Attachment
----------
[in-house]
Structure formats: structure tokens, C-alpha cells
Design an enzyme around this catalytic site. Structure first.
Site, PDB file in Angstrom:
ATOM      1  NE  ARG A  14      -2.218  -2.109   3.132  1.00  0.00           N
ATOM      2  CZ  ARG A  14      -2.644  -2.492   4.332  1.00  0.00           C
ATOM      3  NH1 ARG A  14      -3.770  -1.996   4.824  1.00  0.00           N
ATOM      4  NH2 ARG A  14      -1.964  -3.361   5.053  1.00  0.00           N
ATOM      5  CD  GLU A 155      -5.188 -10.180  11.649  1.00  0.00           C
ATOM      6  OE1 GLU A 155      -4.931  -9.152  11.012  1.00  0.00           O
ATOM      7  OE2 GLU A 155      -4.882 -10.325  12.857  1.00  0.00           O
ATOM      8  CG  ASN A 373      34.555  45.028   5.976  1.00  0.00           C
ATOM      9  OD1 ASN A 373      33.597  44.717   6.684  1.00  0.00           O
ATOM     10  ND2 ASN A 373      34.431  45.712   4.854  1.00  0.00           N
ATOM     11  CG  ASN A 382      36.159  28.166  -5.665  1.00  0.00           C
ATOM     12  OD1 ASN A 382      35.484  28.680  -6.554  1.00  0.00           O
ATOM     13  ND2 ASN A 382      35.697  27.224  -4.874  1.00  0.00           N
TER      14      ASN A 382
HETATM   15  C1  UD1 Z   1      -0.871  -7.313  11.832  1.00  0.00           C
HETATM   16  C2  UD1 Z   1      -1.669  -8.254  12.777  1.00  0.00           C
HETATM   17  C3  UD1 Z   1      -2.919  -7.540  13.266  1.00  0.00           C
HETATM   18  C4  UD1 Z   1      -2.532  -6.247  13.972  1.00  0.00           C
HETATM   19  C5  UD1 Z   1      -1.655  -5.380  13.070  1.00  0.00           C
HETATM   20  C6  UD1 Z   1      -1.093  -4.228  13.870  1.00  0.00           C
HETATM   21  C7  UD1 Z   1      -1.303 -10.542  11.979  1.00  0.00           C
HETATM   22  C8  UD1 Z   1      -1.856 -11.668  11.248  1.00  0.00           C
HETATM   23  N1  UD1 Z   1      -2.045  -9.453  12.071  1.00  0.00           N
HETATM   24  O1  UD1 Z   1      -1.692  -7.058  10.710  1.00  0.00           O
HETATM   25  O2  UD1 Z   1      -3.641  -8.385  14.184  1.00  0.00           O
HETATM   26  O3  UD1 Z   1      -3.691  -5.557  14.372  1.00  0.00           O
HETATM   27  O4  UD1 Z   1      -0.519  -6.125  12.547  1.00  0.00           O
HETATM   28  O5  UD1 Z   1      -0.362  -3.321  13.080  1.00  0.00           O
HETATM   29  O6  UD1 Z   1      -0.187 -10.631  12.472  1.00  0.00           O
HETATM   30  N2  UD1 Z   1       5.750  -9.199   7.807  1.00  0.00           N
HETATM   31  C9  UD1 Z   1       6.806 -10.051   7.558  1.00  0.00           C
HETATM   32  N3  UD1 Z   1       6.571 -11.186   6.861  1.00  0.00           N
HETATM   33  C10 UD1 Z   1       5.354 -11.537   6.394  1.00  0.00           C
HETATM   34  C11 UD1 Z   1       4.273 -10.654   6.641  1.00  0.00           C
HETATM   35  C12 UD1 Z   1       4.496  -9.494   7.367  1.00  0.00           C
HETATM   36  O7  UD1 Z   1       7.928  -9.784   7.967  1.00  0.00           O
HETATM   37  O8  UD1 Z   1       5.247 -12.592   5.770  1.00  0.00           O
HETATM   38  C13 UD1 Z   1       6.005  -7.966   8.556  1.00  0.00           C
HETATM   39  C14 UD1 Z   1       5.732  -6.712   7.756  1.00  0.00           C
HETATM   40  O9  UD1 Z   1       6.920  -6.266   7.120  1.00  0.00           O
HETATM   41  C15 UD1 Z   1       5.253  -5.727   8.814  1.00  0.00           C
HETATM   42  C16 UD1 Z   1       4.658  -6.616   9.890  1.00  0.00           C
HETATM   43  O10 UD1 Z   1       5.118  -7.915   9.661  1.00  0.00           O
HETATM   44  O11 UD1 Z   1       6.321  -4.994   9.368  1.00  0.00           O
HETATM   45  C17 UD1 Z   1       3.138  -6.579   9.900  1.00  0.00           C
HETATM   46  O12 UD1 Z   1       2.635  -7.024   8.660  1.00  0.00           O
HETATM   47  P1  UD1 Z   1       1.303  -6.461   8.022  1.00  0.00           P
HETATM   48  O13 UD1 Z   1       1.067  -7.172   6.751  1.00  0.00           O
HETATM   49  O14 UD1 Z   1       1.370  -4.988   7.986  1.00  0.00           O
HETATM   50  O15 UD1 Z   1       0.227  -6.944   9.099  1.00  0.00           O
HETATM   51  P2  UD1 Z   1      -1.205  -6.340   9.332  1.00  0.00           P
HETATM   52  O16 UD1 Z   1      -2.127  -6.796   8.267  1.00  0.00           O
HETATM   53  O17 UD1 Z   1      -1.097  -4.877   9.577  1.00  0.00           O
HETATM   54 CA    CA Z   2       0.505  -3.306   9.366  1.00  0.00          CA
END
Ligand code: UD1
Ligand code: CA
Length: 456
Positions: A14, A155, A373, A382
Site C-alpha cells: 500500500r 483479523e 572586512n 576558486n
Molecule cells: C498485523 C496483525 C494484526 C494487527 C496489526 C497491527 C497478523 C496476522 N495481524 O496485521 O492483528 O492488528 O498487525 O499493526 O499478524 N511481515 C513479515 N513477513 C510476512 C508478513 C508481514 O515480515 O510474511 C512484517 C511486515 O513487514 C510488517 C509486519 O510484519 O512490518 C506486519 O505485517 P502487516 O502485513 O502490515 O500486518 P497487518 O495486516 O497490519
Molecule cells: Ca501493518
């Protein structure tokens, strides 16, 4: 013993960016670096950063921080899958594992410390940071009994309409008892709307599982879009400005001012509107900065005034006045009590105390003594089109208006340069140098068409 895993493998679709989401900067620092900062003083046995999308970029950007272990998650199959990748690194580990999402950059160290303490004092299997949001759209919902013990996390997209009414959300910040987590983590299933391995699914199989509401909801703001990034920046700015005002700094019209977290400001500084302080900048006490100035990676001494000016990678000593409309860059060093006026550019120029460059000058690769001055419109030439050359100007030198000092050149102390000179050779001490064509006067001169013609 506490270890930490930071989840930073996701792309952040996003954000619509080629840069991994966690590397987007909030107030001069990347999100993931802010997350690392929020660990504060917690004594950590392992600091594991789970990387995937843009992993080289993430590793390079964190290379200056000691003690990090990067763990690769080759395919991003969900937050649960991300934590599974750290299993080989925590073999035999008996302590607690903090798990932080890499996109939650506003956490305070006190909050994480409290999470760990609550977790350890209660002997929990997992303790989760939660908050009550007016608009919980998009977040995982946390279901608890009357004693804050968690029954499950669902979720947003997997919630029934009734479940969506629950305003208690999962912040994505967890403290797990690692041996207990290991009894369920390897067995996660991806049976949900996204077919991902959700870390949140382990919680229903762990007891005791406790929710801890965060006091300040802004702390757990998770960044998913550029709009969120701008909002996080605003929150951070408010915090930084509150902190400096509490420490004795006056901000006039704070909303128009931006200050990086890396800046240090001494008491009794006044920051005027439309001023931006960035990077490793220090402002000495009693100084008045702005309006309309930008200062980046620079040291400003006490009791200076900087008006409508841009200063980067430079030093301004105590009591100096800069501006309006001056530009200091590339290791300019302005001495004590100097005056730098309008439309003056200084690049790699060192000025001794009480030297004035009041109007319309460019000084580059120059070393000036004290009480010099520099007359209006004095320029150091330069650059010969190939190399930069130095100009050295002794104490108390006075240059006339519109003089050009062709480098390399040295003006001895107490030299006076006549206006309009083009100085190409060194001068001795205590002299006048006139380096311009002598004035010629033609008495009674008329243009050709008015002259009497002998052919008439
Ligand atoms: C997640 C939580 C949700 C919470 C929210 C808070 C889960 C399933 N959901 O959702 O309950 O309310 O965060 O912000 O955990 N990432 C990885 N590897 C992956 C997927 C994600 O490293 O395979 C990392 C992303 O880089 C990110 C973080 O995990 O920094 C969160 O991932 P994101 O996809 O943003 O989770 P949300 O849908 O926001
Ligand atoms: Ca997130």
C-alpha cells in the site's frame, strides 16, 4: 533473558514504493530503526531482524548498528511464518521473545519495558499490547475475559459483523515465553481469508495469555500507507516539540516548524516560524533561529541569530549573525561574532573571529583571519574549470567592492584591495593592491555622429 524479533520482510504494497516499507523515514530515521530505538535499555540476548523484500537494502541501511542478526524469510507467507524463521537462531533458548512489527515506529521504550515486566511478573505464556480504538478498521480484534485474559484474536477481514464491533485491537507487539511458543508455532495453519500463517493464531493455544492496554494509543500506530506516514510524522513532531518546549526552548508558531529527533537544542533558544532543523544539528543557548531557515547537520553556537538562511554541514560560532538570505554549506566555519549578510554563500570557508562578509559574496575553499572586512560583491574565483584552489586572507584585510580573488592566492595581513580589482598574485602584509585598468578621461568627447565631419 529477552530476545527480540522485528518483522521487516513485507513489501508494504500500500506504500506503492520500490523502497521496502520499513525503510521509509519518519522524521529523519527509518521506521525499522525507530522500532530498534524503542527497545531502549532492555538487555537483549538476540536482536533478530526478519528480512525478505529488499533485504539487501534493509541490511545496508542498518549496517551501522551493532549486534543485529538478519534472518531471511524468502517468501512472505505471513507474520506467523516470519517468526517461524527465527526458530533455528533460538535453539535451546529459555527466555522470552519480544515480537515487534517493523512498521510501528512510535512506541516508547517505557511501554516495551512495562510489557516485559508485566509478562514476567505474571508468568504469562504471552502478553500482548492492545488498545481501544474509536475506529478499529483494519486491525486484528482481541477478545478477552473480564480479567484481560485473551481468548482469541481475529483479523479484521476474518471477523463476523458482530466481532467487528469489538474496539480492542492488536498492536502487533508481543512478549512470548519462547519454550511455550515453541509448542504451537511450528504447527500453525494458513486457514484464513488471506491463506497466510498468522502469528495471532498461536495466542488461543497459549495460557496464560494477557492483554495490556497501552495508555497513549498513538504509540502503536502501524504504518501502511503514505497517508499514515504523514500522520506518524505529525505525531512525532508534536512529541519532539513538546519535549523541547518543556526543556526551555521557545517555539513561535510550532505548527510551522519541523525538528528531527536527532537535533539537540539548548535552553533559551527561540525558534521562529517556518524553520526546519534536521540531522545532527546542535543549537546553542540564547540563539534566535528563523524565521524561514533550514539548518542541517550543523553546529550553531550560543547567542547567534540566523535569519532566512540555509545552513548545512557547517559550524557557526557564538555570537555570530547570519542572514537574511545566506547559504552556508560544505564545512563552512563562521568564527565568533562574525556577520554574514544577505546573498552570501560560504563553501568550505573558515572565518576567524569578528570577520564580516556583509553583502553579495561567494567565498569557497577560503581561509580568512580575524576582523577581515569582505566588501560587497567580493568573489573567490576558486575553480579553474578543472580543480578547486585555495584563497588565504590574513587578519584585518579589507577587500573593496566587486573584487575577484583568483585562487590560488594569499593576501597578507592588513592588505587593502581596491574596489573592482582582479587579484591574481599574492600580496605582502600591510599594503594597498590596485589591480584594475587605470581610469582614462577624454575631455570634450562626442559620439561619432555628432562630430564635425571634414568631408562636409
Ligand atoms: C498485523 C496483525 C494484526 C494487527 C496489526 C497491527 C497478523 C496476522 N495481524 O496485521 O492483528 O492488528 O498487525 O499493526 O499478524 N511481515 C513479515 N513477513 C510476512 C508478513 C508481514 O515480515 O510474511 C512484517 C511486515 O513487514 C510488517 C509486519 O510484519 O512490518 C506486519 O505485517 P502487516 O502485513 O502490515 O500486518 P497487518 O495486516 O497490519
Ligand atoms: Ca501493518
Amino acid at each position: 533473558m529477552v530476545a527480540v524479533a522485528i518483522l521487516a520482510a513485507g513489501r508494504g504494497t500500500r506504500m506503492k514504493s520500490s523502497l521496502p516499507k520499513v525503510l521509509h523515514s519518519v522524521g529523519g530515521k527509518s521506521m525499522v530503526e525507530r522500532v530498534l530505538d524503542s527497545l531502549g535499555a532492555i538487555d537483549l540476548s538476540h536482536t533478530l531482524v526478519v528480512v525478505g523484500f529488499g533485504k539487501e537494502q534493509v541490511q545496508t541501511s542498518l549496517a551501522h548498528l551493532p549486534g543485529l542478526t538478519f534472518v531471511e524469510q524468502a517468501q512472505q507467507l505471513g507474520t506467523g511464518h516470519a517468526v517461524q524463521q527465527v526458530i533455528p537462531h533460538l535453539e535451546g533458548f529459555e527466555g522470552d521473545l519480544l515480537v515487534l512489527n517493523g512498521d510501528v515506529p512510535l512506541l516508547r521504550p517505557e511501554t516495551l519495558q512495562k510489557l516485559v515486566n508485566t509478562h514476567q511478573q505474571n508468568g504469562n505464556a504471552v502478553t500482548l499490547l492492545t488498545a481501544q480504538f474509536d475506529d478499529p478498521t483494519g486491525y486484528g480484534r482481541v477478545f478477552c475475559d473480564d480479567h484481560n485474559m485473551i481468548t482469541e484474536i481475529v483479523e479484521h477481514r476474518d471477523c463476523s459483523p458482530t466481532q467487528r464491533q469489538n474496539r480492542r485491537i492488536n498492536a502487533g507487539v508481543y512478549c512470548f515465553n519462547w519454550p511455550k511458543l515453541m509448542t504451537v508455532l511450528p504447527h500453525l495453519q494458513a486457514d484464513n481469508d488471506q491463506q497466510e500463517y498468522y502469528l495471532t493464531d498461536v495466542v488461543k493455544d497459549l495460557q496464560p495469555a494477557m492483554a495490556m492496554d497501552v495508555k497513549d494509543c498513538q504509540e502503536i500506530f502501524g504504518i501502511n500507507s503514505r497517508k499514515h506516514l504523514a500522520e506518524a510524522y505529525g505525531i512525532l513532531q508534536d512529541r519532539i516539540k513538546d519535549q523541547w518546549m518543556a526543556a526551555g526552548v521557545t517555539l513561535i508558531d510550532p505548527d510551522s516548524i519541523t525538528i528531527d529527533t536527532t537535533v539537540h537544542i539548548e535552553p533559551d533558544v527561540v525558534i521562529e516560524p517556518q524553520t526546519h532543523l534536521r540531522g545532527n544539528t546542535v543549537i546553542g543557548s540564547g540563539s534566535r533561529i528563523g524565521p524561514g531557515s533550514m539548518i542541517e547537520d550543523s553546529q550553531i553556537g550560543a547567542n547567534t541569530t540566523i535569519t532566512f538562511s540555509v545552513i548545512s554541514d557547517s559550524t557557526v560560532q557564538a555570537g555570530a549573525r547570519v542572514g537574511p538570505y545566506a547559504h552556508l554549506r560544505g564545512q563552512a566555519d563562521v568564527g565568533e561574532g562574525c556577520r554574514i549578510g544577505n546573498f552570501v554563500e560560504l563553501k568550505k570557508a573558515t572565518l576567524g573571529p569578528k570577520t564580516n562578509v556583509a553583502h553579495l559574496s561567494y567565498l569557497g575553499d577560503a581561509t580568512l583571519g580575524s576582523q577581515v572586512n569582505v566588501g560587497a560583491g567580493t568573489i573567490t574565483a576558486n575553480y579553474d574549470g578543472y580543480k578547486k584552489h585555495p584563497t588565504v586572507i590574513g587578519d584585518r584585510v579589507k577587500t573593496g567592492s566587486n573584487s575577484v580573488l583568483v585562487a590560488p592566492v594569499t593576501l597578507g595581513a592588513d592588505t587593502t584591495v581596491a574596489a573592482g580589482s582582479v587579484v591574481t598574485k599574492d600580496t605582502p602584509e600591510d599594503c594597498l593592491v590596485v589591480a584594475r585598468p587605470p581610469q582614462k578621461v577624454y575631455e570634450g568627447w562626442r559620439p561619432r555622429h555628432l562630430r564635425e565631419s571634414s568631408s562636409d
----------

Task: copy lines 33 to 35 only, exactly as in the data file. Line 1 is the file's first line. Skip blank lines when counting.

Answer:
HETATM   29  O6  UD1 Z   1      -0.187 -10.631  12.472  1.00  0.00           O
HETATM   30  N2  UD1 Z   1       5.750  -9.199   7.807  1.00  0.00           N
HETATM   31  C9  UD1 Z   1       6.806 -10.051   7.558  1.00  0.00           C